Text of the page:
Kepler is the drama instructor at the high school, and he’s always had a knack for finding alternative plays for his growing theater department. “Pillow Talk” tells the story of Jan Marrow (Nash Ventura), an interior decorator, and Brad Allen (Vince Sotoza), a womanizing bachelor composer, who share a telephone party line.

“The concept that to make a call you might have to actually wait for someone else to get off the phone is a concept not many of the students grasped prior to rehearsals,” Kepler shared. “To today’s youth, a party line is something they might find outside a rave, or in a group chat on Facebook. None of them had seen the film. Most of them thought the script was very funny and appreciated the romantic conflict and liked the fact, of course, that the story revolved around phones.”

* King Kekaulike Drama presents the Maui premiere of “Pillow Talk,” adapted by Christopher Sergel and based on the Rock Hudson and Doris Day film, directed by Chris Kepler. Performances will be at 7 p.m. Fridays and Saturdays and at 3 p.m. Sundays this week through Feb. 5 in the cafetorium on the King Kekaulike High School campus in Pukalani. Tickets are $8 for adults and $6 for students, with half-priced tickets on Sunday, and are available at the door 30 minutes before the show.


Seabury Hall’s Common Ground Dance Festival is “going national,” shares festival director David Ward. That’s due to the inclusion of two prominent dance groups from the West Coast, Dance West of Beaverton, Ore., and the Bay Area’s Fusion Dance.

“It’s been a dream of mine for years,” says Ward, “to bring youth groups together on a common ground to share our art and build networks. They value not only the exposure but the chance for students to meet and dance with other students from around the island.”

Additional participants in the second annual festival include Halau Kamaluokaleihulu, Halau Kekuaokala’au’ala’iliahi, Alexander Academy of Performing Arts, Maui Academy of Performing Arts, Maui Bboy Alex “Kid Karma” Hutaff-Bautista and Zenshin Daiko, along with the dancers of Seabury Hall.

“Everyone had such a great experience our first year,” adds Ward. “One of the highlights for me last year backstage was seeing the kids huddled in the wings watching with such enthusiasm other kids perform. For kids to see the diversity of material and the quality of expertise on this small island, it’s inspirational.”

* Seabury Hall Performing Arts presents the Common Ground Dance Festival, a collective of Maui’s youth-based movement arts programs in concert with the Seabury dance program. Performances will be at 7 p.m. Saturday and 3 p.m. Sunday at the ‘A’ali’ikuhonua Creative Arts Center at the school campus in Makawao. Tickets are $12 for adults, $10 for seniors and $5 for students. For more information, www.visit seaburyhall.org.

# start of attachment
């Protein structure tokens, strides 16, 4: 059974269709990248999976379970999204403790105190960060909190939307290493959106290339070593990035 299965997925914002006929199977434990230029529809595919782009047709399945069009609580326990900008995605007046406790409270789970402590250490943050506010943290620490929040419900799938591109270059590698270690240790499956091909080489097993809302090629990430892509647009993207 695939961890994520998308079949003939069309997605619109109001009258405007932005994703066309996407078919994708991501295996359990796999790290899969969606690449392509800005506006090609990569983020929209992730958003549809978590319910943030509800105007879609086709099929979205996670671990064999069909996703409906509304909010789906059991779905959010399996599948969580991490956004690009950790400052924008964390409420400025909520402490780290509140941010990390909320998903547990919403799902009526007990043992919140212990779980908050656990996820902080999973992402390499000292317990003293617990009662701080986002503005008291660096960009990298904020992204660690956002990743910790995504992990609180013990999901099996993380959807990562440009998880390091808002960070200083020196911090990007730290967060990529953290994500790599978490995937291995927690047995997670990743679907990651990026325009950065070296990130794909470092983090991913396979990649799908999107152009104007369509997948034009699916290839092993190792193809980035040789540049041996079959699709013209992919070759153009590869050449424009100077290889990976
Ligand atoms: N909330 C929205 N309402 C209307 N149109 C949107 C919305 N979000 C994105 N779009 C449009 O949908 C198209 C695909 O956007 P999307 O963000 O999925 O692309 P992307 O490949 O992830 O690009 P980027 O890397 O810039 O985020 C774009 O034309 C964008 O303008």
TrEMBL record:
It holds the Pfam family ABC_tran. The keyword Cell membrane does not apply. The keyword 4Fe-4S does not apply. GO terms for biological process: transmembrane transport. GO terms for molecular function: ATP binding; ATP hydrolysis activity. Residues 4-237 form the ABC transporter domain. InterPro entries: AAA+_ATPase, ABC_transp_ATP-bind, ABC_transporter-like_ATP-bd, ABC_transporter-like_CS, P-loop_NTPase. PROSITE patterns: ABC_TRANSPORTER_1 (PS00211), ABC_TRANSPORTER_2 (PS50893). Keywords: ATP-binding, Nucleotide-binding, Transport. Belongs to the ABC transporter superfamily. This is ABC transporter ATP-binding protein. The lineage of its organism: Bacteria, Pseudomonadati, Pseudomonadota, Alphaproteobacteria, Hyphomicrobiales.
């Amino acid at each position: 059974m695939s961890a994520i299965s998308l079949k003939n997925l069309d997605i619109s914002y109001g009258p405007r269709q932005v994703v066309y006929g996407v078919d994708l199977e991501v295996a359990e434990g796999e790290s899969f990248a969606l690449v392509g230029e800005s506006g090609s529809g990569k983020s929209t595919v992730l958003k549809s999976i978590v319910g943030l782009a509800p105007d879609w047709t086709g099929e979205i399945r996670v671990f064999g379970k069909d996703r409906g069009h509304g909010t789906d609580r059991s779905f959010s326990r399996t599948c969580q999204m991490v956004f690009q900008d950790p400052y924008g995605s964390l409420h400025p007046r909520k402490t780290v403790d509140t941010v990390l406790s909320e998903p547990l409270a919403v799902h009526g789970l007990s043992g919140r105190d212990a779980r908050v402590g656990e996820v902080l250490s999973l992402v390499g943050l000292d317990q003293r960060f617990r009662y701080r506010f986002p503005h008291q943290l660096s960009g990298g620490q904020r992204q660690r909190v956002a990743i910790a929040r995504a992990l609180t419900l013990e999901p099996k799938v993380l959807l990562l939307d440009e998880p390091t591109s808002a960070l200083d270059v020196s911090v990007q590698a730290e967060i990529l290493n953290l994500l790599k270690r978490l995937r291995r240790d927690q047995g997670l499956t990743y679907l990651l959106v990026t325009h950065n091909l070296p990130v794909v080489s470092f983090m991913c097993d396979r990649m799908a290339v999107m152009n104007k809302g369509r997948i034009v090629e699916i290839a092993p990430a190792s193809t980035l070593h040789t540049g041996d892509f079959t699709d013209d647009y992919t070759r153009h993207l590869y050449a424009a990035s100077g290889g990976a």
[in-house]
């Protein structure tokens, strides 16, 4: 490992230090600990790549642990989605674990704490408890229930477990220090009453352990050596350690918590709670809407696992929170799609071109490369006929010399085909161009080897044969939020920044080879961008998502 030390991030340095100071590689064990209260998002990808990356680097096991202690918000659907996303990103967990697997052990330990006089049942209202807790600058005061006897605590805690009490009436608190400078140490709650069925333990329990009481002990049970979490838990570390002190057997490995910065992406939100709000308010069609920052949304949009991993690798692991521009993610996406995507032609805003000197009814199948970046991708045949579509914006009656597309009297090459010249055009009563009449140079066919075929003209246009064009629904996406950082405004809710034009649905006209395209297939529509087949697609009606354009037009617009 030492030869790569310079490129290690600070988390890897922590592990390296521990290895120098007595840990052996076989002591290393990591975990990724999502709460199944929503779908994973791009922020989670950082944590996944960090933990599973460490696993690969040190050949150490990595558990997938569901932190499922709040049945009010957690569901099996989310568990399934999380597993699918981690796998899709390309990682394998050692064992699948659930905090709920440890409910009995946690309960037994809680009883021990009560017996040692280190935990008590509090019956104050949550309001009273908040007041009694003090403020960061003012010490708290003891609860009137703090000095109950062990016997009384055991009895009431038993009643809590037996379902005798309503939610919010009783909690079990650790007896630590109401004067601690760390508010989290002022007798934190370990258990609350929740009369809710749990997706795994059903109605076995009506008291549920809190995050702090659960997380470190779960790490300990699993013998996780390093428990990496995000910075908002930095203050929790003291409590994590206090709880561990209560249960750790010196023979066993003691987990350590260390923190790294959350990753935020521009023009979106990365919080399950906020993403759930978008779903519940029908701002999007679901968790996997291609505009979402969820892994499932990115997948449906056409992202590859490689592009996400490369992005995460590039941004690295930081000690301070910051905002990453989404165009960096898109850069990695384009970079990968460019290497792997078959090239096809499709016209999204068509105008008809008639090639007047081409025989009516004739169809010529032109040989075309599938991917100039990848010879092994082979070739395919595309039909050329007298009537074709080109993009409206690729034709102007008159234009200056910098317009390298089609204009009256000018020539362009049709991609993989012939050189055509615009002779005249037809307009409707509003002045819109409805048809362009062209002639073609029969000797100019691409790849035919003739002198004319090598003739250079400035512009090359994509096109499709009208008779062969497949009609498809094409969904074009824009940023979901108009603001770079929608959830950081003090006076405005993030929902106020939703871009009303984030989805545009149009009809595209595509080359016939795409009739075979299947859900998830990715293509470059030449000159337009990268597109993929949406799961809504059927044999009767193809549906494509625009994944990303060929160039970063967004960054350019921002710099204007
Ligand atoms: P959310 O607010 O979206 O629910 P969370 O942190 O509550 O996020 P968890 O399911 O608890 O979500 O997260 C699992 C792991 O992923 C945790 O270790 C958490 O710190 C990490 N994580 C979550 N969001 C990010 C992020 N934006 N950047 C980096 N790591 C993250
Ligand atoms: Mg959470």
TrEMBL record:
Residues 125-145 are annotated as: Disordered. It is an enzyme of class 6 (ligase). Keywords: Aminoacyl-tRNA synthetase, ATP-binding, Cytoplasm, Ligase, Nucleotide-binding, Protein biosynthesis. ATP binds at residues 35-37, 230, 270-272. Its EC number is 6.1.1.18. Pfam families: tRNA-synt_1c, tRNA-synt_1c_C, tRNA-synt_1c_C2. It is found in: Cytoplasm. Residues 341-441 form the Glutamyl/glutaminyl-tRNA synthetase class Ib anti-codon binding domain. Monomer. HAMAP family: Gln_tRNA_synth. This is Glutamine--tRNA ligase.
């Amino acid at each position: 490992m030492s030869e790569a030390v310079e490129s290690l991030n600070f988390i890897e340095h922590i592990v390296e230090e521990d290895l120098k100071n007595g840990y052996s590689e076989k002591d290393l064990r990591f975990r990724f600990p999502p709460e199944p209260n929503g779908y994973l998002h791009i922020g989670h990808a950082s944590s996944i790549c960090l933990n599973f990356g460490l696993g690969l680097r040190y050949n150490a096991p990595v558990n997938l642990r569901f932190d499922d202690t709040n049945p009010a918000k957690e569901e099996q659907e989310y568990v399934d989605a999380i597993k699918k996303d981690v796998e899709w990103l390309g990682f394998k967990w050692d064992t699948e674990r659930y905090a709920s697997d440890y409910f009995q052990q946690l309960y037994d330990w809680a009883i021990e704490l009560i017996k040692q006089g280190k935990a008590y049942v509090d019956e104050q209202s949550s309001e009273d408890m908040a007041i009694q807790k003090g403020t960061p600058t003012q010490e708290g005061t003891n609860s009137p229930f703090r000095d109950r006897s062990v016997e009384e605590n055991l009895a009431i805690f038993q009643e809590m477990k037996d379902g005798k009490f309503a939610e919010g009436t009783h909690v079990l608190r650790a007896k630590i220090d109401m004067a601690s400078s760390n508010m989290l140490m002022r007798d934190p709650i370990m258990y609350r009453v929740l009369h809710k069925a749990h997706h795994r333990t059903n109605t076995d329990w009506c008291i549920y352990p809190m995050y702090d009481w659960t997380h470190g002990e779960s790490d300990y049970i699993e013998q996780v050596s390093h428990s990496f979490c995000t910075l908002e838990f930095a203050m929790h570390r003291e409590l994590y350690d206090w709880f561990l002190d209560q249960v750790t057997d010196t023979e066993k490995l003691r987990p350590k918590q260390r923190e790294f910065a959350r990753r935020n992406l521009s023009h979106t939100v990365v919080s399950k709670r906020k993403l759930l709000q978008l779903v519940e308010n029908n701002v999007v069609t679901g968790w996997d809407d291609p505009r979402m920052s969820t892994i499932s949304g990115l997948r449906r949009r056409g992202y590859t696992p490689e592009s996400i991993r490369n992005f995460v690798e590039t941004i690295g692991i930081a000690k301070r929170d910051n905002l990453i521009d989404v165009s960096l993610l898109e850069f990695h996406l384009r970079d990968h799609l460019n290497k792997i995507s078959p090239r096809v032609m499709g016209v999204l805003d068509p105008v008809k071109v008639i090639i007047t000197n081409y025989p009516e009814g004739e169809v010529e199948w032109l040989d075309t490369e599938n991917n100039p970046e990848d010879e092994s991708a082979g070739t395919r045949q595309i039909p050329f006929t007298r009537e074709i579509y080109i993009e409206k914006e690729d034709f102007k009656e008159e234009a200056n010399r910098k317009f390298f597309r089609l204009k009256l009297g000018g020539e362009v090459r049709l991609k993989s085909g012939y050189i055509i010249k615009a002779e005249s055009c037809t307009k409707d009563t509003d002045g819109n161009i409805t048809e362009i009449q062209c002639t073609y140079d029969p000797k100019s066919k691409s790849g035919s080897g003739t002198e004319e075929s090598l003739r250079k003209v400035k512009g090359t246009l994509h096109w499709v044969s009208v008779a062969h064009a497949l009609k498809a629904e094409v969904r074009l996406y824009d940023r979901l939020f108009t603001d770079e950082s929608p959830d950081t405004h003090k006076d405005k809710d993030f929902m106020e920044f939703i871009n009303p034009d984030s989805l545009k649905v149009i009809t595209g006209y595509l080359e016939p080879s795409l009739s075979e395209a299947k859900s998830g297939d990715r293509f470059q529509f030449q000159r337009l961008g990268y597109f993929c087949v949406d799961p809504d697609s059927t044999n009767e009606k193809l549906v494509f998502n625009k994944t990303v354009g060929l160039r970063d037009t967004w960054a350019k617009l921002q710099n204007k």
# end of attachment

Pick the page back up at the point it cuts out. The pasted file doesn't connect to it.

Congratulations to the Maui Fringe Theater Festival 2017 award winners. Kate Robards’ one-woman show, “Ain’t That Rich,” took best in festival, “Small Town Lawyer” by Anthony Pignataro placed second, and Sharyn Stone’s “Old Girls Looking Hot” finished third.

Malcolm Grissom received the Hoku Award for best performance of the festival with his one-man show, “Me, My Song and I,” and in addition, “Ain’t That Rich,” was chosen by the public for the Audience Choice Award.

The eighth Maui Fringe Theater Festival 2018 will take place Jan. 19 to 21 at the Historic Iao Theater in Wailuku, and original one-act plays can be submitted in September.


Actor and Comedian Bill Engvall (“Blue Collar Comedy Tour”) will be in appear in Lahaina for one night only.

* The performance will be at 8 p.m. Saturday at the Maui Theatre in Lahaina. Tickets are $59.99 or $69.99, with $124.99 VIP tickets available that include seating in the first five rows, a meet-and-greet and photo opportunity, a VIP autographed pass and a DVD. For more information, call 856-7900 or visit www.mauitheatre.com. This event is appropriate for all ages.


Humorist David Sedaris, author of “Naked,” “Me Talk Pretty One Day,” “Squirrel Seeks Chipmunk” and “Let’s Explore Diabetes with Owls” is returning to the MACC for an evening of comedic readings followed by a Q&A session and book signing.

* The performance will be at 7:30 p.m. Feb. 7 in Castle Theater. Tickets range from $32 to $62 (plus applicable fees) and are available at the box office, by calling 242-7469 or by visiting www.mauiarts.org.